Due to all the predicted rain after the pole shift, dry wood will be a problem. I am
thinking we will need a drying process. My initial thoughts are to provide an extra oven
for drying the wood to less than 20% before using it in the main oven. A second
approach would be to vent off all water on a new batch as it gets hot. Meanwhile no
wood gas is available for powering the vehicle. This would all depend on how it is
Offered by Mike.
The Finnish generators in 1940's used water bubbling cooler/filter, the one I have used
uses woven glass fabric filter and air-to-air cooler. There was recently an article in one
Finnish newspaper of a newly designed megawatt scale wood gas power plant. It used a
two-way process which produced pure gas for engine use from the other end and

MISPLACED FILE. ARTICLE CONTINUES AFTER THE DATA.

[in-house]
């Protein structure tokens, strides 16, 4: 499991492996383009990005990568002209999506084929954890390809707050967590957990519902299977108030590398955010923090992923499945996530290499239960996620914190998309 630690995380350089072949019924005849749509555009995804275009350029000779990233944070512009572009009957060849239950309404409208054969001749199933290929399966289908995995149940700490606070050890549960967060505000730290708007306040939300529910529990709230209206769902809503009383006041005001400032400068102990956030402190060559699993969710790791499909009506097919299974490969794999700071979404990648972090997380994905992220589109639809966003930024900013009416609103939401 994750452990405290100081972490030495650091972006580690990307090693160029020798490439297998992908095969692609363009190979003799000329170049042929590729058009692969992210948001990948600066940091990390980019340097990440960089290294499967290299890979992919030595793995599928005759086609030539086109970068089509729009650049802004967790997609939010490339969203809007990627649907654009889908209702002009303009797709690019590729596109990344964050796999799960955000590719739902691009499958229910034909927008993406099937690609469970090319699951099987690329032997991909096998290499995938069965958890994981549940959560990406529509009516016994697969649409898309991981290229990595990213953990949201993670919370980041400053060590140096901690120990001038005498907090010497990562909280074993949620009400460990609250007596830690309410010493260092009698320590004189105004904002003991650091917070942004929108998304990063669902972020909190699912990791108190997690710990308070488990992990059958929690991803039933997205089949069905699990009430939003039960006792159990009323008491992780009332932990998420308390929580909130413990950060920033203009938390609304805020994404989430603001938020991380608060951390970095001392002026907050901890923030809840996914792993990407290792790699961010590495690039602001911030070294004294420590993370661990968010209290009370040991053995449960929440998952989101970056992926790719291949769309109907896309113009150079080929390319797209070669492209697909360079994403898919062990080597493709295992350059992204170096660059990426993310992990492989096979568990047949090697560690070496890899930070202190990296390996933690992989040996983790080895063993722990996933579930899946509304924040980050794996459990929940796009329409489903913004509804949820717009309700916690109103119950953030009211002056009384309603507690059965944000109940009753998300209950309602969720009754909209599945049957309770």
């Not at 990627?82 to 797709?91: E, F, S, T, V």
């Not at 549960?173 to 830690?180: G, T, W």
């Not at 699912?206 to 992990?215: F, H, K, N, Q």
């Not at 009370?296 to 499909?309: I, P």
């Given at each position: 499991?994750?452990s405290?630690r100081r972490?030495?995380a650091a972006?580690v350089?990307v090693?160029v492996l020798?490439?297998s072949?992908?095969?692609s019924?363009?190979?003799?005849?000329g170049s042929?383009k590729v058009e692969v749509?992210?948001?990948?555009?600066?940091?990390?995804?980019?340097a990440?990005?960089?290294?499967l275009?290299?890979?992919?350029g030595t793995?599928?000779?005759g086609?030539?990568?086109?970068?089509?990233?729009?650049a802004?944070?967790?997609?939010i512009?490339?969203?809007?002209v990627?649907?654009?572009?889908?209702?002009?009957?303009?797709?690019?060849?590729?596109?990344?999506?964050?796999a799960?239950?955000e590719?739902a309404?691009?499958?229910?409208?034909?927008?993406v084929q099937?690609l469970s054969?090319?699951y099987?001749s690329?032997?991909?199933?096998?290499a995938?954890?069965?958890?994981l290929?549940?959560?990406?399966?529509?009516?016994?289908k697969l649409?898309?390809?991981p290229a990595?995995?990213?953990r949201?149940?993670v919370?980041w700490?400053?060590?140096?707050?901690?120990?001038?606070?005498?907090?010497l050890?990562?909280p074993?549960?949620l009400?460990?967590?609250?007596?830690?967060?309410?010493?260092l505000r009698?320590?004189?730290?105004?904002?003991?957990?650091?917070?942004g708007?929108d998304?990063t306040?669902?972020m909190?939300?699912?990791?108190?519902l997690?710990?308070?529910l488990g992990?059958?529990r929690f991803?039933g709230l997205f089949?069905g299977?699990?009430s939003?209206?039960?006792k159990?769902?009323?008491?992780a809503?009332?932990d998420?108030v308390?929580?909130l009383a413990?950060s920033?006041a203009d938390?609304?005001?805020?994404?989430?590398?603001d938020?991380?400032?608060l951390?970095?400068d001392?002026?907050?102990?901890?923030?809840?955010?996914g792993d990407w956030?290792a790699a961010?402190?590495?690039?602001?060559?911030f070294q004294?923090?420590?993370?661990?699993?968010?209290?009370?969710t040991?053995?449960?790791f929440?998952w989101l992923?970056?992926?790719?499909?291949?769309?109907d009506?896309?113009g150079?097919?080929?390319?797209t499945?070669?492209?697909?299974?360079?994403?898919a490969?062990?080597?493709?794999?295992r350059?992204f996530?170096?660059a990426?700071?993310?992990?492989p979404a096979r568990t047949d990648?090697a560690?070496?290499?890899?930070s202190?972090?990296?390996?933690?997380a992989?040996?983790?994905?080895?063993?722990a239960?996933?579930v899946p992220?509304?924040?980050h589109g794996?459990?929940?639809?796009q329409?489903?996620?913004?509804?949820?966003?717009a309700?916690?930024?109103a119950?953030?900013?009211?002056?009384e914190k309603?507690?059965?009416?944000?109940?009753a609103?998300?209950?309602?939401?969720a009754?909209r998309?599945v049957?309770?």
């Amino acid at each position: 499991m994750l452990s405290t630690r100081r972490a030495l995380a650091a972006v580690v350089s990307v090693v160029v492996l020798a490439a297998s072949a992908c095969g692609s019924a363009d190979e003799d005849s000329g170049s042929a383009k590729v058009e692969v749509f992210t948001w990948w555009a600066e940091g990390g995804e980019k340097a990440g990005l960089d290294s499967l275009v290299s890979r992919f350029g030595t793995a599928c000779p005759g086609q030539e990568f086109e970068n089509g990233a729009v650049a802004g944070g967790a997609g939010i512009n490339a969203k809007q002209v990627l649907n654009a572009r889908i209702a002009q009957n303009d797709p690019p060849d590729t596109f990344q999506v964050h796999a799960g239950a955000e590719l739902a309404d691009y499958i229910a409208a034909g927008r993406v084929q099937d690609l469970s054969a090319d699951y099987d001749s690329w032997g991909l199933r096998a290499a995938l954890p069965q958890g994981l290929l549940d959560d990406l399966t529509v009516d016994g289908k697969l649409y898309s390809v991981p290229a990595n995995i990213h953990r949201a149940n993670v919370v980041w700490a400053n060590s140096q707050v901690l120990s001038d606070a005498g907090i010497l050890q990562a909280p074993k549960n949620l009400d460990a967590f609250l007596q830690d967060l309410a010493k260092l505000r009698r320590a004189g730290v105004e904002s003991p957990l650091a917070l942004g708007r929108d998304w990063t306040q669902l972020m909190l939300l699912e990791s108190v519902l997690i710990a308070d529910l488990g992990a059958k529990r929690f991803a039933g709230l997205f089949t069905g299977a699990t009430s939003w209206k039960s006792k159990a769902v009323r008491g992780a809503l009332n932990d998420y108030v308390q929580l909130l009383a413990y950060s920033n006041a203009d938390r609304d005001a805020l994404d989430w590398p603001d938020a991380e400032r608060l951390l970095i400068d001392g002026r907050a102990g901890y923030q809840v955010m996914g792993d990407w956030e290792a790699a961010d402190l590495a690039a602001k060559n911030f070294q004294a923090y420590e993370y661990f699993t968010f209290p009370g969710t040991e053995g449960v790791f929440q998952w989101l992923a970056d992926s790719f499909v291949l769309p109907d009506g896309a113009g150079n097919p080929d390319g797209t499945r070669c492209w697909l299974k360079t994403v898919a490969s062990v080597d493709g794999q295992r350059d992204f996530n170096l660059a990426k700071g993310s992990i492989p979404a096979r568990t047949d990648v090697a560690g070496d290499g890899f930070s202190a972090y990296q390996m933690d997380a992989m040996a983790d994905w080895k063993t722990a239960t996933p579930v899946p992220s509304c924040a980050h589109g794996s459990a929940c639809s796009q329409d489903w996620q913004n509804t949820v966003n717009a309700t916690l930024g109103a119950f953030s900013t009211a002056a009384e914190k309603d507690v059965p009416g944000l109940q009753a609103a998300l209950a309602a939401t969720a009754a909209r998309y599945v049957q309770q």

not-so-pure gas to be burned separately from the another. They could use basically any
burning substance as fuel. The percentage of which type of gas was produced depended
on the "wetness" of the fuel. I guess the main problem using wood gas in an engine is the
tar in the gas. It makes the inlet valves stuck. If the "wetness" of the wood is more than
20%, tar is produced.
I know from practice that at least pre-drying the wood works and it is not difficult to arrange if anything burning substance is available. The generator that I have used is equipped with a system that collects the water which condenses in the fuel reservoir. The wood in the reservoir dries very effectively. The outer surface of the generator is quite hot and if built as a stationary device I guess that this heat could be used to dry the fuel. In a generator installed on a car this is more difficult. In a wood gas generator + internal combustion engine system extra heat is produced in:
- the generator
- engine cooling system
- engine exhaust gasses
If all this heat is effectively used to dry the fuel (wood) it should be quite dry.
Offered by Olli.